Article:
One speaker at the rally claimed the vaccine programme was “genocide”, adding: “If people are coming to your door then you have to protect yourself from the needle because it’s coming and they are coming for your kids. They are coming to kill you and that’s the end of it.”
The organisers of the “World Wide Rally for Freedom” claimed that protests would take place in more than 180 cities across the world.
They said they were protesting against continued coronavirus restrictions, mask rules, compulsory vaccinations and vaccine passports.
“Authoritarian coronavirus restrictions have damaged our lives more than any virus has, and even if the effects of the virus were more damaging, the restrictions to our freedoms would still have been unjust and unlawful,” the group said.
An estimated 160,000 people took part in protests in France against new laws introducing vaccine passports and compulsory jabs for healthcare workers.
Italy faces wave of Green Pass protests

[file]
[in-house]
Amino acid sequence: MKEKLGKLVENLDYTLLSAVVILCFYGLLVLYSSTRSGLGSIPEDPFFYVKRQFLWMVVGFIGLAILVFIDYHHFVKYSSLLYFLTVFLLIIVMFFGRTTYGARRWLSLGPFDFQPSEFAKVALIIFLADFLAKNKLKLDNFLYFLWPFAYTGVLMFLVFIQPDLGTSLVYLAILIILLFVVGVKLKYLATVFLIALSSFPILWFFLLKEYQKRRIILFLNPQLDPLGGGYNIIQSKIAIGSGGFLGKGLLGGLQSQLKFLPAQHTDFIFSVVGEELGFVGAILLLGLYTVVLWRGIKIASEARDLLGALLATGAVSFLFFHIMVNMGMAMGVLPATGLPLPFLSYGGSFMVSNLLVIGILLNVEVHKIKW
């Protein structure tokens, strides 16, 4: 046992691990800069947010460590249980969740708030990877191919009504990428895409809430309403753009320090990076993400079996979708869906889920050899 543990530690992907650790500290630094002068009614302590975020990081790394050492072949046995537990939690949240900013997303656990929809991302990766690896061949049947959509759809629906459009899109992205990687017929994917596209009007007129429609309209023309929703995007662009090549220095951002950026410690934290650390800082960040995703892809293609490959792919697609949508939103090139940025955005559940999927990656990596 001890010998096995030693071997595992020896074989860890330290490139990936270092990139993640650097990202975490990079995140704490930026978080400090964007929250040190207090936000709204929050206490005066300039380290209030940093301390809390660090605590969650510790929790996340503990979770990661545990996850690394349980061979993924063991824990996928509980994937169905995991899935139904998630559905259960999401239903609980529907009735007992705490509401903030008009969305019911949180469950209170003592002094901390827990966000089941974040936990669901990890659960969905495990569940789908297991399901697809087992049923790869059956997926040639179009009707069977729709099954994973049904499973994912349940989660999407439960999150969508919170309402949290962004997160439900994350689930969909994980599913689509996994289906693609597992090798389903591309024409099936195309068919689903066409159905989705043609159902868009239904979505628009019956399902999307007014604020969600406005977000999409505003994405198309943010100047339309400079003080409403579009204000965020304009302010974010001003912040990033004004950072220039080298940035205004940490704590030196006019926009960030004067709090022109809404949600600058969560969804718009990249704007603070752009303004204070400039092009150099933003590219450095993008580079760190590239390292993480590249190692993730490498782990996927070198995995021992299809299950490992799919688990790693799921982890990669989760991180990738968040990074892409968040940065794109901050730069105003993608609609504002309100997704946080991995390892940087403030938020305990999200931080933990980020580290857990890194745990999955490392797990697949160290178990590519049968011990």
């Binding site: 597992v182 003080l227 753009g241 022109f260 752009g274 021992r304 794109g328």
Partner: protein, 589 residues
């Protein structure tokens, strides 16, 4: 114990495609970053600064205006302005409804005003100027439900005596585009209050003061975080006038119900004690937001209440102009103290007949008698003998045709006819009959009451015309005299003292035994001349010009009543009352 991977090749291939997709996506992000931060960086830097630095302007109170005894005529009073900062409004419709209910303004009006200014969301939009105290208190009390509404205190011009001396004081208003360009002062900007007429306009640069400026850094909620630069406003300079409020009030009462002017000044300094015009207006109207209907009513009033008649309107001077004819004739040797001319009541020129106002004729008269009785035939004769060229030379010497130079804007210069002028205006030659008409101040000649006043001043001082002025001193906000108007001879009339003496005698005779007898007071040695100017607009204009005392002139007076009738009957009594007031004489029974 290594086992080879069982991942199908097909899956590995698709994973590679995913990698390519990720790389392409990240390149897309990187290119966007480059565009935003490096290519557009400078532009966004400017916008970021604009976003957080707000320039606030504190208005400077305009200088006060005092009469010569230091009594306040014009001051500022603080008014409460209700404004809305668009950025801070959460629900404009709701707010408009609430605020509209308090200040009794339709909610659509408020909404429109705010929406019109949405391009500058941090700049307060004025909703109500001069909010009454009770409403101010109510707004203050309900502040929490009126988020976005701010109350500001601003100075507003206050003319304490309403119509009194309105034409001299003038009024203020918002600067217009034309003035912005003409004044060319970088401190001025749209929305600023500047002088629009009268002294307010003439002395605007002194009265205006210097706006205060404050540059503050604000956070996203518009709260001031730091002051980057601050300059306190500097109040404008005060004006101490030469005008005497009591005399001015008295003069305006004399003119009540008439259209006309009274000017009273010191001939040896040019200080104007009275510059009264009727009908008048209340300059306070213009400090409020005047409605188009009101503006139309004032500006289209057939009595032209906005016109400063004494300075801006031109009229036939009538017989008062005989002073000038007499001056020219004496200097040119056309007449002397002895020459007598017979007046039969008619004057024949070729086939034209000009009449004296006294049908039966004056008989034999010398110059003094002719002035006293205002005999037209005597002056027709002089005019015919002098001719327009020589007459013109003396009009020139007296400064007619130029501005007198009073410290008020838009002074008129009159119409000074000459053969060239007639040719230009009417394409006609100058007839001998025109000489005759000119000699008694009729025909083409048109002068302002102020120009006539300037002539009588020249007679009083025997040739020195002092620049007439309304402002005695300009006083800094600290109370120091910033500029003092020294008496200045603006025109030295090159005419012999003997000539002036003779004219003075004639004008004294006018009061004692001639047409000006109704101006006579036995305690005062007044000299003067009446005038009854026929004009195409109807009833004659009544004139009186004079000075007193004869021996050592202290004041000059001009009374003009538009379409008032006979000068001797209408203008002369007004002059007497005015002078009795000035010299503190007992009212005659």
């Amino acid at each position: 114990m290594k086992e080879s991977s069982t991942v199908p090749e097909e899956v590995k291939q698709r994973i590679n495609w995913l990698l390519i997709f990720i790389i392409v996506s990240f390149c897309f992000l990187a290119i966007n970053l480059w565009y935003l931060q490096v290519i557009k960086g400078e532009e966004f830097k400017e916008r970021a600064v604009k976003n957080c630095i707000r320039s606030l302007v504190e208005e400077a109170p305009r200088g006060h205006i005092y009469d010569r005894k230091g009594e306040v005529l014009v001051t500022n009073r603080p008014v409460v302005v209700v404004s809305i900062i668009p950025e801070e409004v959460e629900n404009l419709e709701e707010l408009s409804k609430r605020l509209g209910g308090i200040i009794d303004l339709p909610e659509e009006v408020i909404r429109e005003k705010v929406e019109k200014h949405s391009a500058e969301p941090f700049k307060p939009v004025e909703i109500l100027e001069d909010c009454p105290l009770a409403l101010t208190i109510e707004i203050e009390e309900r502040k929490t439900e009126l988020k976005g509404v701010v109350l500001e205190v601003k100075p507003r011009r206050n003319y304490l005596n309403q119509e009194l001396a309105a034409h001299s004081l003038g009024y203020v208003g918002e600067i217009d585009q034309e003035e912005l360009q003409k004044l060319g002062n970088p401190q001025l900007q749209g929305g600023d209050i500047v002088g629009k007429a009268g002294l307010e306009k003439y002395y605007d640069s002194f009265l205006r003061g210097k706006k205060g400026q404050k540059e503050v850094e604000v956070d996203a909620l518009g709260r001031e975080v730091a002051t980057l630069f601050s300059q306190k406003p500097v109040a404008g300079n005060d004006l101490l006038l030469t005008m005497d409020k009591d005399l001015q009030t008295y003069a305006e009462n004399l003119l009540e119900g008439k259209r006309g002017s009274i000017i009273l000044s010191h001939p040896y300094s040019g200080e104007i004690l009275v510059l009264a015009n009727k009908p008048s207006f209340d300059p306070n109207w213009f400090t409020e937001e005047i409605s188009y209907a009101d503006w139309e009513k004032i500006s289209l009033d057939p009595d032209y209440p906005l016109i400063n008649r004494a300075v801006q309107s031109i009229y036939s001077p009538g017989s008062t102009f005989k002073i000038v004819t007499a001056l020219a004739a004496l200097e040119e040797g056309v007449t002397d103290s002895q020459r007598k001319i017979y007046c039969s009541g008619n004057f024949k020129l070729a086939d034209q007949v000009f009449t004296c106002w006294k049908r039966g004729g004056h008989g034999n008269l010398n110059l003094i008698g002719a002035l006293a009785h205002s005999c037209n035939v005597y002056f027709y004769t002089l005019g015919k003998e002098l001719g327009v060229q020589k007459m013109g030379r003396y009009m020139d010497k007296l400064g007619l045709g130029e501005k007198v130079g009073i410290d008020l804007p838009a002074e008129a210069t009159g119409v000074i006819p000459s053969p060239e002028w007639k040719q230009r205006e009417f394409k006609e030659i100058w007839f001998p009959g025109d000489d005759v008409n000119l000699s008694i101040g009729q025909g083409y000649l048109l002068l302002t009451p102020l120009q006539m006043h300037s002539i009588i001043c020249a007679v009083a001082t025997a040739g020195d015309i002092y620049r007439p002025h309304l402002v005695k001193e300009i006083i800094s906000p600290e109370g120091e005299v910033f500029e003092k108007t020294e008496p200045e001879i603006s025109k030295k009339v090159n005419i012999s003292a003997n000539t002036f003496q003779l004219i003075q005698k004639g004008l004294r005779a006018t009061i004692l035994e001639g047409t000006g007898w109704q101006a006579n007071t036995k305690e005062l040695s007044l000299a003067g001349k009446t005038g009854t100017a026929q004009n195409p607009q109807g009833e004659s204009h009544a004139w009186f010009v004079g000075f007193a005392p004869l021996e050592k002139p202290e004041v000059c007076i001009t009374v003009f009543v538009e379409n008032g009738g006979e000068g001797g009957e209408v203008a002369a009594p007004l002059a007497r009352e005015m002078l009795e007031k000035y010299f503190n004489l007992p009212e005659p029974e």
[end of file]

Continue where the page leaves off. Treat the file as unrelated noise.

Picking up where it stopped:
Demonstrations against Italy’s new covid Green Pass rules are planned in more than 80 towns and cities across the country on Saturday 24 July, starting everywhere at 17.30.
The rallies, organized via social media, are against the so-called Green Pass which will soon be mandatory for indoor dining in restaurants and for access to cultural and sporting venues.
The protests follow the ‘No Paura Day’ (No Fear Day) rally in Turin which attracted several thousand people on Thursday night, hours after premier Mario Draghi unveiled the new Green Pass restrictions.
The health pass, in use in Italy since June, shows that people have been vaccinated, tested negative or recovered from Covid-19, and is available in both digital and paper format.
Protesters plan to demonstrate against what they define variously as “passport slavery and the obligation to vaccinate,” the “covid scam” and the “dictatorship of the Green Pass,” reports news agency ANSA.
There are reportedly demonstrations planned today in major Italian cities including Bergamo, Bologna, Florence, Genoa, Milan, Naples, Palermo, Rome and once again in Turin, according to La Stampa newspaper.